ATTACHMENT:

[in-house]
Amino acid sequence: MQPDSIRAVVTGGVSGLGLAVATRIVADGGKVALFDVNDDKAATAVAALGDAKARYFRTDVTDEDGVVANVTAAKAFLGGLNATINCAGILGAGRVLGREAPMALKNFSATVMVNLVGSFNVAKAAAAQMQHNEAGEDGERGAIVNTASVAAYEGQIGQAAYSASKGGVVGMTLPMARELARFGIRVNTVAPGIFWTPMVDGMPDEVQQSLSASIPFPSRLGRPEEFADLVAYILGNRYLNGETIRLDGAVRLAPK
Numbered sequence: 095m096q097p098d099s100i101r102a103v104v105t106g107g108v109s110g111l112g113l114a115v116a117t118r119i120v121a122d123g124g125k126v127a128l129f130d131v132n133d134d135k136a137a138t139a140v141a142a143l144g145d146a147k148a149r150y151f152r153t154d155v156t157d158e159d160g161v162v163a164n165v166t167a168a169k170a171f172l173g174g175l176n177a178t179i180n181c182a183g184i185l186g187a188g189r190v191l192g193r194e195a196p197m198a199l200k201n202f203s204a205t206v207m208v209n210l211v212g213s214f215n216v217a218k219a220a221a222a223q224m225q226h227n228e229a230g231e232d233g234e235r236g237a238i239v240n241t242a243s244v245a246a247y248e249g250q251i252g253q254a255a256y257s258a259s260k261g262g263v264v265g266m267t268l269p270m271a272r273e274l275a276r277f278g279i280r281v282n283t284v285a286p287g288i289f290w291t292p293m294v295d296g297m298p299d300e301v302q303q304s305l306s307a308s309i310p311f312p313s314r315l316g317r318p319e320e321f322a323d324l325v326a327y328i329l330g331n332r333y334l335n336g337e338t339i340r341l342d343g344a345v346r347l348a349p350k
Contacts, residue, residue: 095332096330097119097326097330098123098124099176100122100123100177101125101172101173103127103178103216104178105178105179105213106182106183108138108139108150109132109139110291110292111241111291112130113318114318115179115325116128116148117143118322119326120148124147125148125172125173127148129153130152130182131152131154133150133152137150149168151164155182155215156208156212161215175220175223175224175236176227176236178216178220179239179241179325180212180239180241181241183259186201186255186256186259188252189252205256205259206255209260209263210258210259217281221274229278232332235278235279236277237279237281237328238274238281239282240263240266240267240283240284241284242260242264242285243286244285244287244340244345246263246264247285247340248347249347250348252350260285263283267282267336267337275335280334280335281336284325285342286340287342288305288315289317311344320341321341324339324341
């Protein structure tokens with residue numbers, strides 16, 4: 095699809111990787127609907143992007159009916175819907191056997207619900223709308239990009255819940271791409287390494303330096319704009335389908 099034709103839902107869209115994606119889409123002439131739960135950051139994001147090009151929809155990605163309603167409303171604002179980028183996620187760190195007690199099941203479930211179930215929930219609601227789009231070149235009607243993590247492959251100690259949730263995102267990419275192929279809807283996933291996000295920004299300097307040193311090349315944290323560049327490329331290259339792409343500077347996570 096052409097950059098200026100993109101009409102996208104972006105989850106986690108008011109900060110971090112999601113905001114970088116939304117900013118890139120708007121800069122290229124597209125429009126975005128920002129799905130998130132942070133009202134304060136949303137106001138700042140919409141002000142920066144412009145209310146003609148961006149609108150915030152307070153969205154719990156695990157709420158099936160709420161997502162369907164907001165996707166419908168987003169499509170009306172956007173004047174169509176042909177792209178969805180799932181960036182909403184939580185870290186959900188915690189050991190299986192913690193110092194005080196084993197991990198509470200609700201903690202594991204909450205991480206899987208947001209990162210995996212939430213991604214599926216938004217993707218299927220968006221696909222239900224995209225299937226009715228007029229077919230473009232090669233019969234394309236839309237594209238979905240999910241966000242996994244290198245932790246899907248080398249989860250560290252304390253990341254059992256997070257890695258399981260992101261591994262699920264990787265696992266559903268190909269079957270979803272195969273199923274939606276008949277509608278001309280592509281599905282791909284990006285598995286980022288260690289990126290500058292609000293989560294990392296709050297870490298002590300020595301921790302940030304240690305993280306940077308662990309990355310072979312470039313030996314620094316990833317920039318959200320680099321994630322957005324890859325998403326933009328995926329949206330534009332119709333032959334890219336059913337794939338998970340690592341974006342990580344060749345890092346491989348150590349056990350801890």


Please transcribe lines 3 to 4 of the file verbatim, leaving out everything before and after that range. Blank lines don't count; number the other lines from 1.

Numbered sequence: 095m096q097p098d099s100i101r102a103v104v105t106g107g108v109s110g111l112g113l114a115v116a117t118r119i120v121a122d123g124g125k126v127a128l129f130d131v132n133d134d135k136a137a138t139a140v141a142a143l144g145d146a147k148a149r150y151f152r153t154d155v156t157d158e159d160g161v162v163a164n165v166t167a168a169k170a171f172l173g174g175l176n177a178t179i180n181c182a183g184i185l186g187a188g189r190v191l192g193r194e195a196p197m198a199l200k201n202f203s204a205t206v207m208v209n210l211v212g213s214f215n216v217a218k219a220a221a222a223q224m225q226h227n228e229a230g231e232d233g234e235r236g237a238i239v240n241t242a243s244v245a246a247y248e249g250q251i252g253q254a255a256y257s258a259s260k261g262g263v264v265g266m267t268l269p270m271a272r273e274l275a276r277f278g279i280r281v282n283t284v285a286p287g288i289f290w291t292p293m294v295d296g297m298p299d300e301v302q303q304s305l306s307a308s309i310p311f312p313s314r315l316g317r318p319e320e321f322a323d324l325v326a327y328i329l330g331n332r333y334l335n336g337e338t339i340r341l342d343g344a345v346r347l348a349p350k
Contacts, residue, residue: 095332096330097119097326097330098123098124099176100122100123100177101125101172101173103127103178103216104178105178105179105213106182106183108138108139108150109132109139110291110292111241111291112130113318114318115179115325116128116148117143118322119326120148124147125148125172125173127148129153130152130182131152131154133150133152137150149168151164155182155215156208156212161215175220175223175224175236176227176236178216178220179239179241179325180212180239180241181241183259186201186255186256186259188252189252205256205259206255209260209263210258210259217281221274229278232332235278235279236277237279237281237328238274238281239282240263240266240267240283240284241284242260242264242285243286244285244287244340244345246263246264247285247340248347249347250348252350260285263283267282267336267337275335280334280335281336284325285342286340287342288305288315289317311344320341321341324339324341